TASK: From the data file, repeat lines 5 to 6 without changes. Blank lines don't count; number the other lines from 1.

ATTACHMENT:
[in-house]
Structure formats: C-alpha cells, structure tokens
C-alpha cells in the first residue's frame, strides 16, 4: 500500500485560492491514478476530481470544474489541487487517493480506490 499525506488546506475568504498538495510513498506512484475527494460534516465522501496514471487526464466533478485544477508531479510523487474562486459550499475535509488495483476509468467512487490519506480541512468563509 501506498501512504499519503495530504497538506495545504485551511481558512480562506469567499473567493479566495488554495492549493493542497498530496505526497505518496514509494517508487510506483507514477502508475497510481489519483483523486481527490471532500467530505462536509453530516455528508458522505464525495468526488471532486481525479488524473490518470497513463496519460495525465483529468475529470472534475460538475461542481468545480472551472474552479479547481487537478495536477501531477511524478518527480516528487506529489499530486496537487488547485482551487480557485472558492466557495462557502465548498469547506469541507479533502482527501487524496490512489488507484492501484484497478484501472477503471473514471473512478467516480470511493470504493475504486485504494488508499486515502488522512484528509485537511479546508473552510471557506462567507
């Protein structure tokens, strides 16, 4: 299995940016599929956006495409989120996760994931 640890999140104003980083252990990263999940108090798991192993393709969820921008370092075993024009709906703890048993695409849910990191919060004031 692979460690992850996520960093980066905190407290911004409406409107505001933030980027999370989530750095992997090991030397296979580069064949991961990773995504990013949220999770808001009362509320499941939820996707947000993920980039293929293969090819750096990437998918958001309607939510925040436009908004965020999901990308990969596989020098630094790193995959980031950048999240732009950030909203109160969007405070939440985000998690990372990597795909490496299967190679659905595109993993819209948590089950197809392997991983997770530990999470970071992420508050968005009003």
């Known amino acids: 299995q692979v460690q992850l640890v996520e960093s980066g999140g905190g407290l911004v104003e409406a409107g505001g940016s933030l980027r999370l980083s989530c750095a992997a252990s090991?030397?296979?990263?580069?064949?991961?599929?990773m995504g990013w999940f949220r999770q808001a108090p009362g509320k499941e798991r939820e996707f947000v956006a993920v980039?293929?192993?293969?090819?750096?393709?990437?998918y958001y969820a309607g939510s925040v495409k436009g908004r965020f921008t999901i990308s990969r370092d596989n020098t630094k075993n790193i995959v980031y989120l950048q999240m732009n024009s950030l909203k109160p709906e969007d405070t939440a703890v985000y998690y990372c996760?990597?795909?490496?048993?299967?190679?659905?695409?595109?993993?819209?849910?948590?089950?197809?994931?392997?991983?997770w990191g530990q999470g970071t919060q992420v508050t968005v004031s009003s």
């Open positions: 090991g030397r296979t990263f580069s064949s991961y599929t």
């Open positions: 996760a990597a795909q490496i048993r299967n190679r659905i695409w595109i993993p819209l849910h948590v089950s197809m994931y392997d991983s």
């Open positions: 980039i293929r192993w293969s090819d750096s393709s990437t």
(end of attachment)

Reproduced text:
């Known amino acids: 299995q692979v460690q992850l640890v996520e960093s980066g999140g905190g407290l911004v104003e409406a409107g505001g940016s933030l980027r999370l980083s989530c750095a992997a252990s090991?030397?296979?990263?580069?064949?991961?599929?990773m995504g990013w999940f949220r999770q808001a108090p009362g509320k499941e798991r939820e996707f947000v956006a993920v980039?293929?192993?293969?090819?750096?393709?990437?998918y958001y969820a309607g939510s925040v495409k436009g908004r965020f921008t999901i990308s990969r370092d596989n020098t630094k075993n790193i995959v980031y989120l950048q999240m732009n024009s950030l909203k109160p709906e969007d405070t939440a703890v985000y998690y990372c996760?990597?795909?490496?048993?299967?190679?659905?695409?595109?993993?819209?849910?948590?089950?197809?994931?392997?991983?997770w990191g530990q999470g970071t919060q992420v508050t968005v004031s009003s």
């Open positions: 090991g030397r296979t990263f580069s064949s991961y599929t």